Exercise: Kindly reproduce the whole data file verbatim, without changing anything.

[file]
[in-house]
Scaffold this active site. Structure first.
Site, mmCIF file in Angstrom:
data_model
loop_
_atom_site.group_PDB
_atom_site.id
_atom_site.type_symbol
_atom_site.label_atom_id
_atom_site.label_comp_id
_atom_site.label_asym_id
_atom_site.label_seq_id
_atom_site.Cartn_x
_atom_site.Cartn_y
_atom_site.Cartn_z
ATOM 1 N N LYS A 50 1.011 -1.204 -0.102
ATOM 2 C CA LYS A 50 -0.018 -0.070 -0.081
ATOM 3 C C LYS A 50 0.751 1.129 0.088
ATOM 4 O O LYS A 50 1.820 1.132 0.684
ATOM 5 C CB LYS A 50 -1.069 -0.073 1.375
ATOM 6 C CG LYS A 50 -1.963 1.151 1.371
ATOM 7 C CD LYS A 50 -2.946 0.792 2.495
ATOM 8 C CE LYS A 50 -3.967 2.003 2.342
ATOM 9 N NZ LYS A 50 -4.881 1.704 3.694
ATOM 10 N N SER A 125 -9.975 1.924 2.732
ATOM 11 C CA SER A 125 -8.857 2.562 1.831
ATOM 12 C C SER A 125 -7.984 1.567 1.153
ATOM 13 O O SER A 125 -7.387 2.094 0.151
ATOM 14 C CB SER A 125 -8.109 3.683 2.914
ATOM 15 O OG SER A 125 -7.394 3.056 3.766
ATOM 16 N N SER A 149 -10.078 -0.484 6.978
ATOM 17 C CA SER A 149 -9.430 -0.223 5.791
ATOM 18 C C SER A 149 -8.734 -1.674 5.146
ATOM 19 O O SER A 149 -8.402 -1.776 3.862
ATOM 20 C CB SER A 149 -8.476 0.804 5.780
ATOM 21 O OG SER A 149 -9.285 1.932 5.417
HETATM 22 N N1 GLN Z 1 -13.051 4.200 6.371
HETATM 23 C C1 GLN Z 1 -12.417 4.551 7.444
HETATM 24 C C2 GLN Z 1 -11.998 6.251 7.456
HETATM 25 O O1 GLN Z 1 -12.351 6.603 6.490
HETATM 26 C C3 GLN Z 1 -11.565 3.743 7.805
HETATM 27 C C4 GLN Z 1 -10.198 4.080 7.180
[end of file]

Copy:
[in-house]
Scaffold this active site. Structure first.
Site, mmCIF file in Angstrom:
data_model
loop_
_atom_site.group_PDB
_atom_site.id
_atom_site.type_symbol
_atom_site.label_atom_id
_atom_site.label_comp_id
_atom_site.label_asym_id
_atom_site.label_seq_id
_atom_site.Cartn_x
_atom_site.Cartn_y
_atom_site.Cartn_z
ATOM 1 N N LYS A 50 1.011 -1.204 -0.102
ATOM 2 C CA LYS A 50 -0.018 -0.070 -0.081
ATOM 3 C C LYS A 50 0.751 1.129 0.088
ATOM 4 O O LYS A 50 1.820 1.132 0.684
ATOM 5 C CB LYS A 50 -1.069 -0.073 1.375
ATOM 6 C CG LYS A 50 -1.963 1.151 1.371
ATOM 7 C CD LYS A 50 -2.946 0.792 2.495
ATOM 8 C CE LYS A 50 -3.967 2.003 2.342
ATOM 9 N NZ LYS A 50 -4.881 1.704 3.694
ATOM 10 N N SER A 125 -9.975 1.924 2.732
ATOM 11 C CA SER A 125 -8.857 2.562 1.831
ATOM 12 C C SER A 125 -7.984 1.567 1.153
ATOM 13 O O SER A 125 -7.387 2.094 0.151
ATOM 14 C CB SER A 125 -8.109 3.683 2.914
ATOM 15 O OG SER A 125 -7.394 3.056 3.766
ATOM 16 N N SER A 149 -10.078 -0.484 6.978
ATOM 17 C CA SER A 149 -9.430 -0.223 5.791
ATOM 18 C C SER A 149 -8.734 -1.674 5.146
ATOM 19 O O SER A 149 -8.402 -1.776 3.862
ATOM 20 C CB SER A 149 -8.476 0.804 5.780
ATOM 21 O OG SER A 149 -9.285 1.932 5.417
HETATM 22 N N1 GLN Z 1 -13.051 4.200 6.371
HETATM 23 C C1 GLN Z 1 -12.417 4.551 7.444
HETATM 24 C C2 GLN Z 1 -11.998 6.251 7.456
HETATM 25 O O1 GLN Z 1 -12.351 6.603 6.490
HETATM 26 C C3 GLN Z 1 -11.565 3.743 7.805
HETATM 27 C C4 GLN Z 1 -10.198 4.080 7.180